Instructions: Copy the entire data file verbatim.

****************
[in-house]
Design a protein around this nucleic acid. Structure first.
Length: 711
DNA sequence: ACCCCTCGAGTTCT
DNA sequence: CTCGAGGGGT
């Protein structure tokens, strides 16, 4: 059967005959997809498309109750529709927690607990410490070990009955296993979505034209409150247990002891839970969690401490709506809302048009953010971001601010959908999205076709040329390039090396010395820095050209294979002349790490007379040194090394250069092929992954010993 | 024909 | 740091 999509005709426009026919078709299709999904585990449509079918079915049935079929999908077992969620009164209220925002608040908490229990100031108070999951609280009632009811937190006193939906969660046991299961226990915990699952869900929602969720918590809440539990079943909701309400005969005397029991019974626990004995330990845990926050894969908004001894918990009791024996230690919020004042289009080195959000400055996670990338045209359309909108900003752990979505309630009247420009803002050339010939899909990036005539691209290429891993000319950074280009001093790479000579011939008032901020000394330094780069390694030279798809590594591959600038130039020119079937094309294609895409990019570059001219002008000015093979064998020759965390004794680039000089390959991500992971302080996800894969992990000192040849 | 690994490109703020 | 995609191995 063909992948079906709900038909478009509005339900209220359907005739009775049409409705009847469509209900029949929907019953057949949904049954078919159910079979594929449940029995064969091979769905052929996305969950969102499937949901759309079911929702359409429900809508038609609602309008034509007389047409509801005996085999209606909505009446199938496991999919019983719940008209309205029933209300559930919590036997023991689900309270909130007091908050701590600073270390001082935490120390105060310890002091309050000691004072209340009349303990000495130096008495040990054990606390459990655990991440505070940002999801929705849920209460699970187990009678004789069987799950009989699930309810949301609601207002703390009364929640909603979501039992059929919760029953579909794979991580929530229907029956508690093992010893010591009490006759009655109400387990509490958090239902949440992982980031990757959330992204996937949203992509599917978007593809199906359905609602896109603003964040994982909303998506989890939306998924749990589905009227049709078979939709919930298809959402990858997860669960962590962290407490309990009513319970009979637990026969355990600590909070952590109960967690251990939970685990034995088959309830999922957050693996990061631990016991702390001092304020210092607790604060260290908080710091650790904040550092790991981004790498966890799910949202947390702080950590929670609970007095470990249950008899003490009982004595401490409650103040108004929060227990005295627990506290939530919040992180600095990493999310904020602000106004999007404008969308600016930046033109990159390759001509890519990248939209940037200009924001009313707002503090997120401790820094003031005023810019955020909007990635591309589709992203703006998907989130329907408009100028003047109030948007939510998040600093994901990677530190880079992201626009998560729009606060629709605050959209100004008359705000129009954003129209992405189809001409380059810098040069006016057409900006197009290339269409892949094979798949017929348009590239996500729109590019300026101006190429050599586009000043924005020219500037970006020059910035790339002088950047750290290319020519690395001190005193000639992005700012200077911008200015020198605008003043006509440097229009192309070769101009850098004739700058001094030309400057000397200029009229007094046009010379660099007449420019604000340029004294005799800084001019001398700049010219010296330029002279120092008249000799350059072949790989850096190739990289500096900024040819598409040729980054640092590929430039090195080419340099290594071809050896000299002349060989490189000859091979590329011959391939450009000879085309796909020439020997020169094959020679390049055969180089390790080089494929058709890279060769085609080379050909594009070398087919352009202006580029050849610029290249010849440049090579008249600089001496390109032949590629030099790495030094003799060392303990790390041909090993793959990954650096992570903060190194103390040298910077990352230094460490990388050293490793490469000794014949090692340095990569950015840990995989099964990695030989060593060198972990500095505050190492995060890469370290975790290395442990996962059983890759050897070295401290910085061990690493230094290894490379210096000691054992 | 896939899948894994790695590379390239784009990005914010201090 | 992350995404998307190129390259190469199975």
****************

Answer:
[in-house]
Design a protein around this nucleic acid. Structure first.
Length: 711
DNA sequence: ACCCCTCGAGTTCT
DNA sequence: CTCGAGGGGT
């Protein structure tokens, strides 16, 4: 059967005959997809498309109750529709927690607990410490070990009955296993979505034209409150247990002891839970969690401490709506809302048009953010971001601010959908999205076709040329390039090396010395820095050209294979002349790490007379040194090394250069092929992954010993 | 024909 | 740091 999509005709426009026919078709299709999904585990449509079918079915049935079929999908077992969620009164209220925002608040908490229990100031108070999951609280009632009811937190006193939906969660046991299961226990915990699952869900929602969720918590809440539990079943909701309400005969005397029991019974626990004995330990845990926050894969908004001894918990009791024996230690919020004042289009080195959000400055996670990338045209359309909108900003752990979505309630009247420009803002050339010939899909990036005539691209290429891993000319950074280009001093790479000579011939008032901020000394330094780069390694030279798809590594591959600038130039020119079937094309294609895409990019570059001219002008000015093979064998020759965390004794680039000089390959991500992971302080996800894969992990000192040849 | 690994490109703020 | 995609191995 063909992948079906709900038909478009509005339900209220359907005739009775049409409705009847469509209900029949929907019953057949949904049954078919159910079979594929449940029995064969091979769905052929996305969950969102499937949901759309079911929702359409429900809508038609609602309008034509007389047409509801005996085999209606909505009446199938496991999919019983719940008209309205029933209300559930919590036997023991689900309270909130007091908050701590600073270390001082935490120390105060310890002091309050000691004072209340009349303990000495130096008495040990054990606390459990655990991440505070940002999801929705849920209460699970187990009678004789069987799950009989699930309810949301609601207002703390009364929640909603979501039992059929919760029953579909794979991580929530229907029956508690093992010893010591009490006759009655109400387990509490958090239902949440992982980031990757959330992204996937949203992509599917978007593809199906359905609602896109603003964040994982909303998506989890939306998924749990589905009227049709078979939709919930298809959402990858997860669960962590962290407490309990009513319970009979637990026969355990600590909070952590109960967690251990939970685990034995088959309830999922957050693996990061631990016991702390001092304020210092607790604060260290908080710091650790904040550092790991981004790498966890799910949202947390702080950590929670609970007095470990249950008899003490009982004595401490409650103040108004929060227990005295627990506290939530919040992180600095990493999310904020602000106004999007404008969308600016930046033109990159390759001509890519990248939209940037200009924001009313707002503090997120401790820094003031005023810019955020909007990635591309589709992203703006998907989130329907408009100028003047109030948007939510998040600093994901990677530190880079992201626009998560729009606060629709605050959209100004008359705000129009954003129209992405189809001409380059810098040069006016057409900006197009290339269409892949094979798949017929348009590239996500729109590019300026101006190429050599586009000043924005020219500037970006020059910035790339002088950047750290290319020519690395001190005193000639992005700012200077911008200015020198605008003043006509440097229009192309070769101009850098004739700058001094030309400057000397200029009229007094046009010379660099007449420019604000340029004294005799800084001019001398700049010219010296330029002279120092008249000799350059072949790989850096190739990289500096900024040819598409040729980054640092590929430039090195080419340099290594071809050896000299002349060989490189000859091979590329011959391939450009000879085309796909020439020997020169094959020679390049055969180089390790080089494929058709890279060769085609080379050909594009070398087919352009202006580029050849610029290249010849440049090579008249600089001496390109032949590629030099790495030094003799060392303990790390041909090993793959990954650096992570903060190194103390040298910077990352230094460490990388050293490793490469000794014949090692340095990569950015840990995989099964990695030989060593060198972990500095505050190492995060890469370290975790290395442990996962059983890759050897070295401290910085061990690493230094290894490379210096000691054992 | 896939899948894994790695590379390239784009990005914010201090 | 992350995404998307190129390259190469199975």